Although he did a lot that first year at the mission, he found it harder and harder to get time in the busy whirl of fundraising and adding new members to the church’s rolls to keep his commitment to people with disabilities. But events took him back to his original plan. Shortly after coming to Allentown and moving into their home at 630 St. John Street, his wife gave birth to a baby girl who they named Viola. But as it had once before, tragedy in the form of death struck the Rakers when their infant daughter died. Returning to the personage following Viola’s funeral, they found waiting for them a single letter. It came a colleague in East Bangor. There was a little child with a disability in his congregation that he had hoped someone would take in. Her name was Viola Hunt. John Raker was not a superstitious man by nature. But he felt that the death of his daughter named Viola and the arrival of this letter about a child named Viola on the date of his child’s funeral was not just a coincidence. “Papa felt,” Cowen writes, “it was an omen.”

The Rakers decided to take little Viola in. She was to stay with the family for 5 years and was taught reading and music. She was placed in the public schools in the city and attended Allentown High School until she was in the 10th grade. When her mother remarried, Viola Hunt returned to her family.

It was on February 29, 1908 that the local press had a story about what the headline writers called “A SPLENDID CHARITY” whose purpose was to be “an orphanage for invalid children.” The property purchased for the home was done at a “ very reasonable price” from a Mr. Yeager as a donation in memory of his wife, who had died the previous fall. This was added to by the Kline Homestead, the site on which Good Shepherd’s administration building is today.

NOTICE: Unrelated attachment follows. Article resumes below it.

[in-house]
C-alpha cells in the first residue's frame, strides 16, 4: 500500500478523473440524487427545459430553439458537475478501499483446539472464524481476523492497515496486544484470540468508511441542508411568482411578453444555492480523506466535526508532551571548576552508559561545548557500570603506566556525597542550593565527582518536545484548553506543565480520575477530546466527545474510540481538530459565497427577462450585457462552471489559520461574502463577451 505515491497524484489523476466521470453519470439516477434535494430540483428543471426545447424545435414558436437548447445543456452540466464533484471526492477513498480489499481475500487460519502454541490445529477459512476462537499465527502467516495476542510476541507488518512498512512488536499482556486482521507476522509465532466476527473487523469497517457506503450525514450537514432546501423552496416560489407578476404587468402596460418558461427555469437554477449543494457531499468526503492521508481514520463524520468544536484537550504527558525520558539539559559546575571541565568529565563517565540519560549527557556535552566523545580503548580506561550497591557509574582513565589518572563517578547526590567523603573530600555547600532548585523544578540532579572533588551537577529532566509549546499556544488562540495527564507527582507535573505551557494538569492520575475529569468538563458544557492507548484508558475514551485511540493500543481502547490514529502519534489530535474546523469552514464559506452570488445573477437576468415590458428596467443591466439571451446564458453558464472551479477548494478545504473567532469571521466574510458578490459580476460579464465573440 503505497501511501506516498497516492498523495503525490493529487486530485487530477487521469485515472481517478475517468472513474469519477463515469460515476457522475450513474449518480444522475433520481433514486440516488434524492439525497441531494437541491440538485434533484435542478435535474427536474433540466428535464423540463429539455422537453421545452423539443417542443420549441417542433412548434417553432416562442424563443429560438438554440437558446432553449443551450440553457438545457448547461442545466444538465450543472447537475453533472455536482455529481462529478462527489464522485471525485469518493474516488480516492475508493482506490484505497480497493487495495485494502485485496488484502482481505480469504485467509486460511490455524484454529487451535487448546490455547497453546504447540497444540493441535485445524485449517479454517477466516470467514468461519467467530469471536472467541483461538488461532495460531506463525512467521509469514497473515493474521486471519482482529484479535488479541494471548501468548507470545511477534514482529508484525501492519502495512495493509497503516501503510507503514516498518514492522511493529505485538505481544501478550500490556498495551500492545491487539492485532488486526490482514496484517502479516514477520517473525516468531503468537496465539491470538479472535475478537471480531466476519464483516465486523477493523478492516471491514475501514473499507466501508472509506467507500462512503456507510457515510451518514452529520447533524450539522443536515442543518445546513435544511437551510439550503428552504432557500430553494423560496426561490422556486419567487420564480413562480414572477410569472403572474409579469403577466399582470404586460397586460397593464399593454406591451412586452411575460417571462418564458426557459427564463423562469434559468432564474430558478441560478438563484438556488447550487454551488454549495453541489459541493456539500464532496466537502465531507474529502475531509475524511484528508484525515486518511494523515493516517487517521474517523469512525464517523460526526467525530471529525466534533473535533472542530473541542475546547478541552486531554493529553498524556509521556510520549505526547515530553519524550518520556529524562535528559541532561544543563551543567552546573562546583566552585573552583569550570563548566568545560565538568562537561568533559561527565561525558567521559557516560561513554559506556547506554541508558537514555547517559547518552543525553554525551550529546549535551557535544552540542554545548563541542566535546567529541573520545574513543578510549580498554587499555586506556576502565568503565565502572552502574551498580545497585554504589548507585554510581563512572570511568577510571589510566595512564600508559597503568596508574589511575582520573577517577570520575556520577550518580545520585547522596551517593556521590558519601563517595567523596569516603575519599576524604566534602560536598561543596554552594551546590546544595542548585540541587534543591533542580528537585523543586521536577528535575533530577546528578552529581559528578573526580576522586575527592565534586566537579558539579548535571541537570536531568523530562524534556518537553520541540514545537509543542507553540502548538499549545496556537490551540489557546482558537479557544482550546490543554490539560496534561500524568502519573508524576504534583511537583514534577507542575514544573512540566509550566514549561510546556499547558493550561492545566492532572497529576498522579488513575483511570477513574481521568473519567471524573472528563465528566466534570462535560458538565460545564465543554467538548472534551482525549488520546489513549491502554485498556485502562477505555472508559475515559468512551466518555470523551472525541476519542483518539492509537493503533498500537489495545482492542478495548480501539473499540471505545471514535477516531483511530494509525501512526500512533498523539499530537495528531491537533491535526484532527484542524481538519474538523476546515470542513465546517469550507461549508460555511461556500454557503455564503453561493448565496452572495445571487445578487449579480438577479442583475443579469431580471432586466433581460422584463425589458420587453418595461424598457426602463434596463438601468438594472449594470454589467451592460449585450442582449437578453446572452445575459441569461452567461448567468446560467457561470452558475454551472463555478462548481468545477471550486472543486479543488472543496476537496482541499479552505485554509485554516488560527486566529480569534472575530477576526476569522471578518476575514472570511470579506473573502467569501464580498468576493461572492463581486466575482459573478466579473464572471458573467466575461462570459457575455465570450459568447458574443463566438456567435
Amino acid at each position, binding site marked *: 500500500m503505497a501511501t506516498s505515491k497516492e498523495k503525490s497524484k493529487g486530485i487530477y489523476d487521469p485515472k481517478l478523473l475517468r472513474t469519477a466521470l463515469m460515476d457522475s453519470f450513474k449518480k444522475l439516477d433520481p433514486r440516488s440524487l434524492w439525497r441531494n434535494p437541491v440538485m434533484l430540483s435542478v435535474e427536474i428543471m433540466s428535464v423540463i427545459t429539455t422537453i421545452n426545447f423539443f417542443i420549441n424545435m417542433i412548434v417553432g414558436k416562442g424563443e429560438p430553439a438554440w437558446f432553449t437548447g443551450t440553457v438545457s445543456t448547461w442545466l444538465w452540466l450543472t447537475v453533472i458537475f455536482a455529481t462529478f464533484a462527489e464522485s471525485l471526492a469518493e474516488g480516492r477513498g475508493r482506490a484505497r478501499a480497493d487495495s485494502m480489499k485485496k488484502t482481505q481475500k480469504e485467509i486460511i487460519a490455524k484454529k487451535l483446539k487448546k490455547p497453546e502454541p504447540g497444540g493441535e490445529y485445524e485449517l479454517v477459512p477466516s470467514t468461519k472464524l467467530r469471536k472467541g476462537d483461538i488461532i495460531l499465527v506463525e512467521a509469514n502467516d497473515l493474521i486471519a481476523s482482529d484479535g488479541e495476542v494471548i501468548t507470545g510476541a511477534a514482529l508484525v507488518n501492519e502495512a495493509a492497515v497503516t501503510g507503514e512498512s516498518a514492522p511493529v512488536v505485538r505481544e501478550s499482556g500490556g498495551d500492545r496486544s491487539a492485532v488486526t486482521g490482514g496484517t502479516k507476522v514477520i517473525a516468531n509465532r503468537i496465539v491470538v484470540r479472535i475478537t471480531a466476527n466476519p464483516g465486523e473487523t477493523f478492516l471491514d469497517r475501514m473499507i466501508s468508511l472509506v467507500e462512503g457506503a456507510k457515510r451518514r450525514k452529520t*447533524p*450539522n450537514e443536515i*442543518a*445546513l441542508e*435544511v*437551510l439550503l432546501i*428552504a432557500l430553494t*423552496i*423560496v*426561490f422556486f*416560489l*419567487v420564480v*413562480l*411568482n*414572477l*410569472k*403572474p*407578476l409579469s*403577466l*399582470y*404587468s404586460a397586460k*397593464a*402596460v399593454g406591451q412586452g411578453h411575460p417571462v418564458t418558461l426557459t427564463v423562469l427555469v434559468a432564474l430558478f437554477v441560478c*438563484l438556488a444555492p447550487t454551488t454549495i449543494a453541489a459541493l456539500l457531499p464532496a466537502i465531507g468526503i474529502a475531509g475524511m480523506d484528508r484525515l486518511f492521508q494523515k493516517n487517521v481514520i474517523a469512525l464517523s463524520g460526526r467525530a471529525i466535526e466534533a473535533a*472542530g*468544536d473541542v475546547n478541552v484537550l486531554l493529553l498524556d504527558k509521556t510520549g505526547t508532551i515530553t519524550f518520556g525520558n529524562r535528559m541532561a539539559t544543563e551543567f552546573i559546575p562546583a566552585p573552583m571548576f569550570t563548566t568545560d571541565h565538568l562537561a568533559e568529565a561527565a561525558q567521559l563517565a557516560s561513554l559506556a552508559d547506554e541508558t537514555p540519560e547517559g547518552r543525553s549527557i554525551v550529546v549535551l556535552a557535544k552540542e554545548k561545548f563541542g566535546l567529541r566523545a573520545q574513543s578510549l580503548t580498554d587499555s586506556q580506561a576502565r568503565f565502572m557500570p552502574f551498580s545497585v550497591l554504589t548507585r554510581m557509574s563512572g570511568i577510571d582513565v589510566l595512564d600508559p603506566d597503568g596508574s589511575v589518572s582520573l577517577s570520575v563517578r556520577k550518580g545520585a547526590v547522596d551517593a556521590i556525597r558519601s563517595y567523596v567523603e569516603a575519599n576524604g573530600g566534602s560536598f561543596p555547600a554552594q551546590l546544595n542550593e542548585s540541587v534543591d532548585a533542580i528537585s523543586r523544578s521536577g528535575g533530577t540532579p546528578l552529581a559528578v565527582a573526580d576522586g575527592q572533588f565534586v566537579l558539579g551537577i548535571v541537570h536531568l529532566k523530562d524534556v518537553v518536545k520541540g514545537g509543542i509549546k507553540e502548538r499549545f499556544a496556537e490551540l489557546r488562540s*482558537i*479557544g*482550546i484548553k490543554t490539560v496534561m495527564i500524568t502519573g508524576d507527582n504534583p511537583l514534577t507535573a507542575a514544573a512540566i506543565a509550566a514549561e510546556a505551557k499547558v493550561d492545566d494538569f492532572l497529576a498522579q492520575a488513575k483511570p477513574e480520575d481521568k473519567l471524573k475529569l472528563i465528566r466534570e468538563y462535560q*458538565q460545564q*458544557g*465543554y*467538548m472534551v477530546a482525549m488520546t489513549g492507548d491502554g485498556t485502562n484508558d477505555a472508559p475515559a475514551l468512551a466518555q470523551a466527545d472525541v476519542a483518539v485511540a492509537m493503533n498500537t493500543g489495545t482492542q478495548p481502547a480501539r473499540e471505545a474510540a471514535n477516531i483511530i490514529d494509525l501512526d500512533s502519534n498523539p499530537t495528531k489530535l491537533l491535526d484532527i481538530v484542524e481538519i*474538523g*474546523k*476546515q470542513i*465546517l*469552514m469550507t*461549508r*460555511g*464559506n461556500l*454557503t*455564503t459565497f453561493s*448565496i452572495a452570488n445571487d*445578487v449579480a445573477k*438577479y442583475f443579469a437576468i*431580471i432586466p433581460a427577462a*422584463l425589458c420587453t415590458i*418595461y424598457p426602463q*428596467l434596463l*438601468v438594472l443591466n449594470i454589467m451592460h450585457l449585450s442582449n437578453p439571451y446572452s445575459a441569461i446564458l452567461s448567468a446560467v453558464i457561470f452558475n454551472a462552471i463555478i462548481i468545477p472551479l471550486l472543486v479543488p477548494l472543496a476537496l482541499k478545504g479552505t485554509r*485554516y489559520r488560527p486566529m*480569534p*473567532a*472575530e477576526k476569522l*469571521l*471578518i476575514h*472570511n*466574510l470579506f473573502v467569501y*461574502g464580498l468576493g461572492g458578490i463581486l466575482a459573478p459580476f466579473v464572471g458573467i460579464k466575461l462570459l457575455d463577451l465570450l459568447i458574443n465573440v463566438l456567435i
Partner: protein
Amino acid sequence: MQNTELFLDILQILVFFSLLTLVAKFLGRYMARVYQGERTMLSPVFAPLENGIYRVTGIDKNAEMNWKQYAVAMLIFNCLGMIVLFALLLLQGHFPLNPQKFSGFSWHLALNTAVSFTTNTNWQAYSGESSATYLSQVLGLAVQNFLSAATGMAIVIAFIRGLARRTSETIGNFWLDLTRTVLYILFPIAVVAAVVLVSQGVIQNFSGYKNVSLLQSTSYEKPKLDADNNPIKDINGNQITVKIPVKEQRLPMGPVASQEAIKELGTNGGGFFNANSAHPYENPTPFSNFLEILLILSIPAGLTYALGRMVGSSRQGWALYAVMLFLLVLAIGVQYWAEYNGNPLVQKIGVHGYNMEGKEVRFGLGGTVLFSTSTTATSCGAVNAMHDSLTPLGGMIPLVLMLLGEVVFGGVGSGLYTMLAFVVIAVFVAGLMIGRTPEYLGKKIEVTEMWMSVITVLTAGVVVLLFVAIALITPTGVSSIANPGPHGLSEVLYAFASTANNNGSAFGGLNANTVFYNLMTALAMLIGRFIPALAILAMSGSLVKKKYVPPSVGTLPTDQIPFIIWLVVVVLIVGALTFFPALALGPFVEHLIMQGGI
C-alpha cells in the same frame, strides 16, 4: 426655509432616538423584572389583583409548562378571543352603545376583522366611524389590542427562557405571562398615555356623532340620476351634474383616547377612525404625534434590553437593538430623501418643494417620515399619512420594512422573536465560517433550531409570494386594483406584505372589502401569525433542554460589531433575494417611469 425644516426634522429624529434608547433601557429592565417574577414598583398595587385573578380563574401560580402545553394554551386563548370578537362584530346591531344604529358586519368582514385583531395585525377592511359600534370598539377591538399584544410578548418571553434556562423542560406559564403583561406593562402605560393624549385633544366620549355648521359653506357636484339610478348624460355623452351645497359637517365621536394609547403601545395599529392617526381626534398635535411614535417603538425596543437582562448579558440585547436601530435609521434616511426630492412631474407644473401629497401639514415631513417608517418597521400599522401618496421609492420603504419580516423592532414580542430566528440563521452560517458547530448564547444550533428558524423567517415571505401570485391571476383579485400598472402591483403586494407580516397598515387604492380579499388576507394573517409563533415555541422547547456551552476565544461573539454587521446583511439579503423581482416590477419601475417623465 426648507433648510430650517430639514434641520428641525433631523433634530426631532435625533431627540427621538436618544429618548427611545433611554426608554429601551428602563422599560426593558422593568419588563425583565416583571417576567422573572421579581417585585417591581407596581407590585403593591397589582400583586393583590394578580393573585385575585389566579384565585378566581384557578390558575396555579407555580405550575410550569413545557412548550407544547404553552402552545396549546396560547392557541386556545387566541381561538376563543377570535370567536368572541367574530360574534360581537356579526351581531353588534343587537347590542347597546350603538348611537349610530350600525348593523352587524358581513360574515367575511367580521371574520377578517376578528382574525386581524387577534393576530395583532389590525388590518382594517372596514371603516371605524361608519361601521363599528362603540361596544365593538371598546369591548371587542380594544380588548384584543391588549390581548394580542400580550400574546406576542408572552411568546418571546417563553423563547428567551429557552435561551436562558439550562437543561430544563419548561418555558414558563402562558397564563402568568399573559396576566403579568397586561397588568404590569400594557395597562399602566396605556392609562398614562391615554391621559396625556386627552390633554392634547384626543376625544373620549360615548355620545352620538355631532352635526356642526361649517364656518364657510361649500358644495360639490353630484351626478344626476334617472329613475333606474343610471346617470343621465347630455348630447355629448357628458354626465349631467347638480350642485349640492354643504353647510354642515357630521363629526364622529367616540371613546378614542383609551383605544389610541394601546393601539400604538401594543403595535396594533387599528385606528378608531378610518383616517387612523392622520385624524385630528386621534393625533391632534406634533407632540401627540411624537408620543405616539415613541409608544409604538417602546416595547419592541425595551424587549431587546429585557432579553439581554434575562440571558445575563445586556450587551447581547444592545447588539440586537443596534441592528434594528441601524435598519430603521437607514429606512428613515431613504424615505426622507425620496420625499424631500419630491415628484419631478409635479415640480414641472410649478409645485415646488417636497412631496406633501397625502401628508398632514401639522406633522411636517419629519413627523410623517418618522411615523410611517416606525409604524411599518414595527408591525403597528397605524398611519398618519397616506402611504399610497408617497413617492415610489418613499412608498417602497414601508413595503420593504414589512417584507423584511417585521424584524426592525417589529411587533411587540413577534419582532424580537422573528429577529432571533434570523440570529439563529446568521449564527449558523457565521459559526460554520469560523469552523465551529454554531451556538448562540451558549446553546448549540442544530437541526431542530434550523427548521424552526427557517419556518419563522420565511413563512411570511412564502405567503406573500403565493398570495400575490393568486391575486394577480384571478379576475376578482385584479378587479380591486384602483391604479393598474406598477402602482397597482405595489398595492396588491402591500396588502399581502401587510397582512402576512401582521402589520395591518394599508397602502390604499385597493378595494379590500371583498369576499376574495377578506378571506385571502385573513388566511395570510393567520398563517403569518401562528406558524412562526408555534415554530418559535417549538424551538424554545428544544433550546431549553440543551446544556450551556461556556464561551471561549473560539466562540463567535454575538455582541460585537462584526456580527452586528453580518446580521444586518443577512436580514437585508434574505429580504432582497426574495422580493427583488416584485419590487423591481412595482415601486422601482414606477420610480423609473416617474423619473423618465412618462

When it came to publicity Raker was in the forefront, starting a publication called “Sweet Charity.” It was designed to inform the public of the purpose of the home, to show what its surroundings were like and not incidentally to attract those who might want to make a donation.

Innovations came thick and fast at Good Shepherd. In 1910, an infant’s cottage was purchased. The year 1911 saw the purchase of a cottage for the elderly, and in 1915 farm land in Salisbury Township was purchased where potatoes were picked for use at the Home. In 1918 the Good Shepherd Band posed for a picture dressed in nautical looking uniforms. Among their ranks was John Raker’s son Connie who had been born in 1912.

John Raker died in May of 1941. By then Good Shepherd was a thriving Lehigh Valley and eastern Pennsylvania institution. In the September following his father’s death Connie Raker was named Good Shepherd’s administrator, a post he was to hold until 1980.

As the world of medicine changed, Good Shepherd changed. Today it’s an institution Raker could not have imagined on that long ago day when he had to turn a sorrowing woman away.